Archival Holdings at Queen's University Archives

Search Help

Most searches can be conducted through the Search bar at the top of the page. By typing in multiple words or a phrase, the results will return where any of the words entered is found, e.g. searching "Queen's University" (no quotes) will return anything with "Queen's" or "University" (or both) in the description.

To search by a specific phrase, use quotation marks ("") around the phrase, e.g. "City of Kingston"

Clicking on the word "Search" will open other options for Advanced Search. Advanced search will allow you to specify words or phrases within a certain field, and limit your results to include (by selecting Add New Criteria > AND), omit (Add New Criteria > NOT) or use alternate terms (Add New Criteria > OR), and specifying a field.

Other Boolean operators available in AtoM:















































Symbol
Use
Term enclosed in quotes must appear exactly as provided. Example: “towel” will find towel, but not towels.
+Term after “+” must be in the result. Example: +tea cricket requires that results that must contain the term tea in them, and may have the term cricket.
-Term after “-” must not be in the result. Example: -tea cricket requires that results that must not contain the term tea in them, and may have the term cricket.
?Single character wildcard. Example: p?per will find paper and piper, but not pepper.
*Multiple character wildcard. Example: galax* will find galaxy and galaxies, but not galactic.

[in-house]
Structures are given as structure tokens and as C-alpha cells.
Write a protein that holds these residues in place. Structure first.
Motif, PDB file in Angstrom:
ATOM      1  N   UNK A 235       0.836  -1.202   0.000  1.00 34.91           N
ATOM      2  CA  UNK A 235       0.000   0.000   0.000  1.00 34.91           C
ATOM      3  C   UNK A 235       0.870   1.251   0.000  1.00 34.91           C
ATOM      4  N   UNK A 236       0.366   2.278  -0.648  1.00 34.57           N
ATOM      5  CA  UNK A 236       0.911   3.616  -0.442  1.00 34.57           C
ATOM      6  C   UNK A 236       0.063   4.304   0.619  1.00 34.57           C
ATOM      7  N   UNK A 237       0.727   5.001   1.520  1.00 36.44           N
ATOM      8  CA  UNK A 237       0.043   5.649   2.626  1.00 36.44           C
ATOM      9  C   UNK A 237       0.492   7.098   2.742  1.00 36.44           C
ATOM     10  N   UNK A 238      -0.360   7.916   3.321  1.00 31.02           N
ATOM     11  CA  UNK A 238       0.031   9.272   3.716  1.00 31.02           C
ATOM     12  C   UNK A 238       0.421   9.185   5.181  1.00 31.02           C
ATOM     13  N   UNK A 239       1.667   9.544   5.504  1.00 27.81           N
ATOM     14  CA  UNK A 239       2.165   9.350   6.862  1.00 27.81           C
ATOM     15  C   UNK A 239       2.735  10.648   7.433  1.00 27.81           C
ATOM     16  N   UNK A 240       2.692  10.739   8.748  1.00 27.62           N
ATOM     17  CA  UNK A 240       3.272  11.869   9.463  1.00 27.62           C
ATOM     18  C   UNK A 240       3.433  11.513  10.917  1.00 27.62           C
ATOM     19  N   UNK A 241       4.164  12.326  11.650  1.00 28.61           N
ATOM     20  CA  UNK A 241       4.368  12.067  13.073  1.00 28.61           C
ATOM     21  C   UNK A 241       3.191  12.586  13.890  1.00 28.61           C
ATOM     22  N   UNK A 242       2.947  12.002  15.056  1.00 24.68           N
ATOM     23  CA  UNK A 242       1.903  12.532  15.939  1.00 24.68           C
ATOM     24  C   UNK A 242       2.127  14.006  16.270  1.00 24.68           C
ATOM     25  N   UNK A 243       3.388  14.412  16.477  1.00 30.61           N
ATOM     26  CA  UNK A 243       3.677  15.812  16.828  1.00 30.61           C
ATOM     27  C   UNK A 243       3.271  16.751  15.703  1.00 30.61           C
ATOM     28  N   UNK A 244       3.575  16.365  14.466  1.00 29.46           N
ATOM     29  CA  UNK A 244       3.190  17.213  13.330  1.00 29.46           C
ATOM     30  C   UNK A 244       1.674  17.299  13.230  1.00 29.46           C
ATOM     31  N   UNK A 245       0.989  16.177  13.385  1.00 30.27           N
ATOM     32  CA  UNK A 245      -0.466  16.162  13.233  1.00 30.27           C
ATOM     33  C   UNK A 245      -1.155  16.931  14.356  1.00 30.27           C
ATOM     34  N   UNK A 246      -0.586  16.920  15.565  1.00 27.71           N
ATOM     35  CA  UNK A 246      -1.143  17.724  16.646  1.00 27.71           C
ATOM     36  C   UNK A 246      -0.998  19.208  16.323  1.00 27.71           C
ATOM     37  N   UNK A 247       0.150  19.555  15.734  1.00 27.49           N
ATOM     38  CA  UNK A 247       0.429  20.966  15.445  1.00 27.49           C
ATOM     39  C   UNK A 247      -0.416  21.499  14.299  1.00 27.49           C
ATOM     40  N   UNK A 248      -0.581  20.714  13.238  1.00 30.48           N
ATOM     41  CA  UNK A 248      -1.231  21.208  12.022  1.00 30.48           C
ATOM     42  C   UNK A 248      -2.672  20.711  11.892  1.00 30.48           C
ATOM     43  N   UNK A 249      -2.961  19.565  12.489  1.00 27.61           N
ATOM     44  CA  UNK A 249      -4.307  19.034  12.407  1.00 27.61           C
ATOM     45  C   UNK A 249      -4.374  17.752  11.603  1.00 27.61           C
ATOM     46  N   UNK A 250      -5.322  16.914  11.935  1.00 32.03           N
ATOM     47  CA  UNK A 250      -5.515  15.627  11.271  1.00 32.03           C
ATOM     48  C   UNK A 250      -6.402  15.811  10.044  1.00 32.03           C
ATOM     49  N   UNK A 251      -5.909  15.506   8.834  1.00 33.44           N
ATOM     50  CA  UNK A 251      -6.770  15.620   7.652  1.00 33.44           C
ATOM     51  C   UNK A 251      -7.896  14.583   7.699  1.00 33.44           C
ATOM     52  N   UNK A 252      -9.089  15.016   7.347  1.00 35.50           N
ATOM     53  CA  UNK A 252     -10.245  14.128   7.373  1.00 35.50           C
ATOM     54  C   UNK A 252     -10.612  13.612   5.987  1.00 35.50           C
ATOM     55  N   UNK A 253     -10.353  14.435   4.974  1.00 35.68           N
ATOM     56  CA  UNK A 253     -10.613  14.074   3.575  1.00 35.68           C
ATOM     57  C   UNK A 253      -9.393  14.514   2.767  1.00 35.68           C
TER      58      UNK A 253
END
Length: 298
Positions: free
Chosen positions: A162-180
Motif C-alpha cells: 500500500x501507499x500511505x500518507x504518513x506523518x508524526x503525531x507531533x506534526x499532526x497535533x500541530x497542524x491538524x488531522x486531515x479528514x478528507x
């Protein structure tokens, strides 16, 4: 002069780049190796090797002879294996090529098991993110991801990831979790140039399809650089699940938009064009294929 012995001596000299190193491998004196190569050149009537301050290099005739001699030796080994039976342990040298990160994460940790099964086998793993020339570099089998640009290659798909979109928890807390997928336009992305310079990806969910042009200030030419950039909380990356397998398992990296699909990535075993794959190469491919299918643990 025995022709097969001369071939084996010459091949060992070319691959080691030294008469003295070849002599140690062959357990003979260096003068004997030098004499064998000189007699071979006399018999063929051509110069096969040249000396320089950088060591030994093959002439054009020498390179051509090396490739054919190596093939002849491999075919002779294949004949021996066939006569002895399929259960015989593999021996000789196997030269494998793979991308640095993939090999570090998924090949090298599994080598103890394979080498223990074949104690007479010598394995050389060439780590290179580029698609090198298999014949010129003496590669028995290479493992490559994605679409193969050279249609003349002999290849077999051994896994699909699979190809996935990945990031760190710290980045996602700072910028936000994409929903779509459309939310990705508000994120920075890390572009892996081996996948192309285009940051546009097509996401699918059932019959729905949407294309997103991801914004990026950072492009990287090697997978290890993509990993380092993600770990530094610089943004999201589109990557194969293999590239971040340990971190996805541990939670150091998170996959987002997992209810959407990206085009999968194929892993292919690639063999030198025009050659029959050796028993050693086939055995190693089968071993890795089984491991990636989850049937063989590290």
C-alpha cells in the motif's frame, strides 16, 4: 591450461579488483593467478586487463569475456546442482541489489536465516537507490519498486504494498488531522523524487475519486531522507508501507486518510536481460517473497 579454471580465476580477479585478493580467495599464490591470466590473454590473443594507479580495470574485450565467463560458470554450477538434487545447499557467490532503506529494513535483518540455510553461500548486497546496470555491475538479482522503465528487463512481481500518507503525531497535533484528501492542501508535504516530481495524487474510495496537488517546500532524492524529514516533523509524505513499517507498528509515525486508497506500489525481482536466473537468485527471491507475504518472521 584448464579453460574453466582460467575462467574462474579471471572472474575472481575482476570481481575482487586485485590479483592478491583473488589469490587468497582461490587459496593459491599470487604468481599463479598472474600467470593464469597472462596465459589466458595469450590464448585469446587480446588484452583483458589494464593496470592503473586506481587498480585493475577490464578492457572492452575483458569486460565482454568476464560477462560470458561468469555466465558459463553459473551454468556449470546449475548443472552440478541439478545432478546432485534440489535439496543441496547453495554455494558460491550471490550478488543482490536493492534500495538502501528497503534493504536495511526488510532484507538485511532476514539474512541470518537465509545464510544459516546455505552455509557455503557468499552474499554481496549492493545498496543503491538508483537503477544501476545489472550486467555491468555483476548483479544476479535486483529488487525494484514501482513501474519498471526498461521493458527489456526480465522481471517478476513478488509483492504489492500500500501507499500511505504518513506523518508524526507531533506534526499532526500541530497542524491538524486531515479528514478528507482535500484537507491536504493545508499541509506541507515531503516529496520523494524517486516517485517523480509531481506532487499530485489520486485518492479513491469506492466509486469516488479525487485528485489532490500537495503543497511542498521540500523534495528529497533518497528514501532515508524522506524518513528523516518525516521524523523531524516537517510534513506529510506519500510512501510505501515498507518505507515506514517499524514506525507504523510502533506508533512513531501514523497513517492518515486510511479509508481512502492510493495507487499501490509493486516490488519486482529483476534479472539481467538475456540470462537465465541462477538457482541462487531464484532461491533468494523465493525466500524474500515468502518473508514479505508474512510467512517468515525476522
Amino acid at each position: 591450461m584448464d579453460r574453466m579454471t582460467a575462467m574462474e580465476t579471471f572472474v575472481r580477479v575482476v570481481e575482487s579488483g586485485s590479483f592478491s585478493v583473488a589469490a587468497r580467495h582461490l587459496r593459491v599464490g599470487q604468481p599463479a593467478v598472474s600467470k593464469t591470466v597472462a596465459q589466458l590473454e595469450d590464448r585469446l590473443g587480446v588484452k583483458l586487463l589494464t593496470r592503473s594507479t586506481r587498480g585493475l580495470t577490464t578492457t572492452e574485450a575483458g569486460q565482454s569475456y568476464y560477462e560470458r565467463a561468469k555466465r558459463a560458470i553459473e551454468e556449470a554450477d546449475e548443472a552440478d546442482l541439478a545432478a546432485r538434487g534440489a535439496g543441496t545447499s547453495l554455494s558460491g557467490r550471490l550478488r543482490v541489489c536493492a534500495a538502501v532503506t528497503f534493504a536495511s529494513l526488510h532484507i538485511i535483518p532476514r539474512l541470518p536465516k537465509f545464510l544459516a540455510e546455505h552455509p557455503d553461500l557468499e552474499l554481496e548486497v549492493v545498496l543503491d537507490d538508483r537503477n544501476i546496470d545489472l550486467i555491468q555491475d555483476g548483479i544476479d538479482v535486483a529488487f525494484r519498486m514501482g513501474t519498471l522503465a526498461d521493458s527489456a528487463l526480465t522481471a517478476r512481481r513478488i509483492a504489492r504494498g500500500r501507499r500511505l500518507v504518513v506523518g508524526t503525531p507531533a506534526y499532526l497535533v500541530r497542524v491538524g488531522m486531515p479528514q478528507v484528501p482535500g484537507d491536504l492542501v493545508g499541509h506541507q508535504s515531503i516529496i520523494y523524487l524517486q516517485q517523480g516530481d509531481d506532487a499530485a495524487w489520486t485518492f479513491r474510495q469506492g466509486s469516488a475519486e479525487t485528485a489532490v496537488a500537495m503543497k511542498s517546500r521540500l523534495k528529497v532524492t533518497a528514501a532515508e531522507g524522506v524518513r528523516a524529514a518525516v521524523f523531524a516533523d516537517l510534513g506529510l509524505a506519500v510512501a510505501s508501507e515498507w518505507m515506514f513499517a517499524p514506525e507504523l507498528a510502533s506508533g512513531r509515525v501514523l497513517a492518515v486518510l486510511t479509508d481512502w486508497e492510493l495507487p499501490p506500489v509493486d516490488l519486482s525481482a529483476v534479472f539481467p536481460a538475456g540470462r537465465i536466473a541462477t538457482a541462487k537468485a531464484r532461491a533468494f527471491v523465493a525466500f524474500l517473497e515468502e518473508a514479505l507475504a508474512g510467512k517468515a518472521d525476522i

~Fuzzy search. Will return results with words similar to the term. Example: fjord~ will find fjord, fjords, ford, form, fonds, etc.
&&Boolean operator. Can be used in place of AND. Will cause an error if combined with spelled-out operators. Example: Arthur && Ford AND Zaphod will fail; Arthur && Ford && Zaphod will succeed.
!Boolean operator. Can be used in place of NOT. Will cause an error if combined with spelled-out operators.
^Boost relevance. Multiplies the relevance of the preceding term by the number following the symbol, affecting the sorting of the search results. Example: paranoid android^5 gives results containing the term “android” 5x the relevance as results containing only the word “paranoid”, and will sort them closer to the start of the search results.
\Escapes the immediately following character, so that it is treated as text, rather than as a special character. For example, to search for “(1+1):2”, use the following: \(1\+1\)\:2
( )Used to group search clauses. This can be useful if you want to control the precedence of boolean operators for a query, e.g. (coffee NOT tea) OR cream will return different results than coffee NOT (tea OR cream). Without grouping, by default in Elasticsearch, NOT takes precedence over AND, which takes
precedence over OR.
[ ]Closed interval range search. Example: [“Frogstar” TO “Magrathea”] will return results in the alphabetic range between “Frogstar” and “Magrathea”, including”Frogstar” and “Magrathea”.
{ }Open interval range search. Example: {“Frogstar” TO “Magrathea”} will return all results in the alphabetic range between “Frogstar” and “Magrathea”, excluding”Frogstar” and “Magrathea”.

For further advanced search tips, you can also visit https://www.accesstomemory.org/en/docs/2.2/user-manual/access-content/search-atom/#search-atom